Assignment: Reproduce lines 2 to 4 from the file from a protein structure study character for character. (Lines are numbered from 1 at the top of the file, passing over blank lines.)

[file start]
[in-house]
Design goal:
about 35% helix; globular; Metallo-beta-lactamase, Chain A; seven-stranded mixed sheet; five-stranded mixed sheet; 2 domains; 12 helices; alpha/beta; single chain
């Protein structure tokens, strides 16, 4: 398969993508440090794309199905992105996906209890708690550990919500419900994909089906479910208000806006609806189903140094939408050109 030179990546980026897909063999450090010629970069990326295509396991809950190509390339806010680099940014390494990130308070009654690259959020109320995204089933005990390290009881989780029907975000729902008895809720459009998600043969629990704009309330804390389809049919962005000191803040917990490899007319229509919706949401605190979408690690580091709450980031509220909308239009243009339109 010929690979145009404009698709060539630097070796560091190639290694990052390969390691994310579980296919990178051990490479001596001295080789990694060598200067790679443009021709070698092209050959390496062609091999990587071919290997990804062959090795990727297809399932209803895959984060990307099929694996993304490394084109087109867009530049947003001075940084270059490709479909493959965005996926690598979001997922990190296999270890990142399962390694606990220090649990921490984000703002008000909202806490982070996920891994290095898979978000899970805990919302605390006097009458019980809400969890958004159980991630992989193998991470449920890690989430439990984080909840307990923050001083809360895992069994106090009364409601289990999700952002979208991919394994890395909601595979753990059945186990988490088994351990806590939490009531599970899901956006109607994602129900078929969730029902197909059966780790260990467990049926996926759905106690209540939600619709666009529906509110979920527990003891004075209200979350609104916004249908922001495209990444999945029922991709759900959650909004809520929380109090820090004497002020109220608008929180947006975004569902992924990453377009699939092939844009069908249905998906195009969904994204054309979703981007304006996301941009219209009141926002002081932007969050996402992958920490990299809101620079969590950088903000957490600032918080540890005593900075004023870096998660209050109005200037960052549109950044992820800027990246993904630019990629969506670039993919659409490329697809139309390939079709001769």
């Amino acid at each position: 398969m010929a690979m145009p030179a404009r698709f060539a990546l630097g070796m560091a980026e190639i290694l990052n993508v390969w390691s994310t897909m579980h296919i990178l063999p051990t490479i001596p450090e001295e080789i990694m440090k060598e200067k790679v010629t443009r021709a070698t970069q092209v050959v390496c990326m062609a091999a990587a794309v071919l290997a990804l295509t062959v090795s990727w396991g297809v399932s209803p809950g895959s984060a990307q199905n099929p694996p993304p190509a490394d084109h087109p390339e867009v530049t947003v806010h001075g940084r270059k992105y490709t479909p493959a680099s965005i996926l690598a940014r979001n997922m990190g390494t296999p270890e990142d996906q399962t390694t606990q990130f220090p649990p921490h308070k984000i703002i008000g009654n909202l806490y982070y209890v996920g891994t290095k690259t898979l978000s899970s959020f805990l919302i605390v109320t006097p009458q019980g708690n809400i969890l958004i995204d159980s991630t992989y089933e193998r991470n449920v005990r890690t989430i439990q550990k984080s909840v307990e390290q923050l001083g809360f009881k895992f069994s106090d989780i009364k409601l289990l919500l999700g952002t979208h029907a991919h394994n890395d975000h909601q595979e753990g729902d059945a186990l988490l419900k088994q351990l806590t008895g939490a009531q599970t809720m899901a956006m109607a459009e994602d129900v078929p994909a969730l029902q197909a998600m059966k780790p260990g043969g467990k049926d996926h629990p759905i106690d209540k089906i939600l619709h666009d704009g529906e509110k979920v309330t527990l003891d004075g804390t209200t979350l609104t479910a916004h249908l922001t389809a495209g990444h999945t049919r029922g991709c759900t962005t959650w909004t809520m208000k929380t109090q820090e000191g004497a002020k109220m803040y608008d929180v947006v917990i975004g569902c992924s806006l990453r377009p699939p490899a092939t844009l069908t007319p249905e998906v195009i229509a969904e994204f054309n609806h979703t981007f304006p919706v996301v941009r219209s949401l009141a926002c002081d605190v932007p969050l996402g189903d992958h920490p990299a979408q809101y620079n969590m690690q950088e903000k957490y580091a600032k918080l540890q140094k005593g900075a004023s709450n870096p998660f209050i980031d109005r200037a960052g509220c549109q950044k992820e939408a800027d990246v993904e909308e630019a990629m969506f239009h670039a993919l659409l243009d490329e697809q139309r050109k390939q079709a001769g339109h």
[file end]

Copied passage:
Design goal:
about 35% helix; globular; Metallo-beta-lactamase, Chain A; seven-stranded mixed sheet; five-stranded mixed sheet; 2 domains; 12 helices; alpha/beta; single chain
């Protein structure tokens, strides 16, 4: 398969993508440090794309199905992105996906209890708690550990919500419900994909089906479910208000806006609806189903140094939408050109 030179990546980026897909063999450090010629970069990326295509396991809950190509390339806010680099940014390494990130308070009654690259959020109320995204089933005990390290009881989780029907975000729902008895809720459009998600043969629990704009309330804390389809049919962005000191803040917990490899007319229509919706949401605190979408690690580091709450980031509220909308239009243009339109 010929690979145009404009698709060539630097070796560091190639290694990052390969390691994310579980296919990178051990490479001596001295080789990694060598200067790679443009021709070698092209050959390496062609091999990587071919290997990804062959090795990727297809399932209803895959984060990307099929694996993304490394084109087109867009530049947003001075940084270059490709479909493959965005996926690598979001997922990190296999270890990142399962390694606990220090649990921490984000703002008000909202806490982070996920891994290095898979978000899970805990919302605390006097009458019980809400969890958004159980991630992989193998991470449920890690989430439990984080909840307990923050001083809360895992069994106090009364409601289990999700952002979208991919394994890395909601595979753990059945186990988490088994351990806590939490009531599970899901956006109607994602129900078929969730029902197909059966780790260990467990049926996926759905106690209540939600619709666009529906509110979920527990003891004075209200979350609104916004249908922001495209990444999945029922991709759900959650909004809520929380109090820090004497002020109220608008929180947006975004569902992924990453377009699939092939844009069908249905998906195009969904994204054309979703981007304006996301941009219209009141926002002081932007969050996402992958920490990299809101620079969590950088903000957490600032918080540890005593900075004023870096998660209050109005200037960052549109950044992820800027990246993904630019990629969506670039993919659409490329697809139309390939079709001769």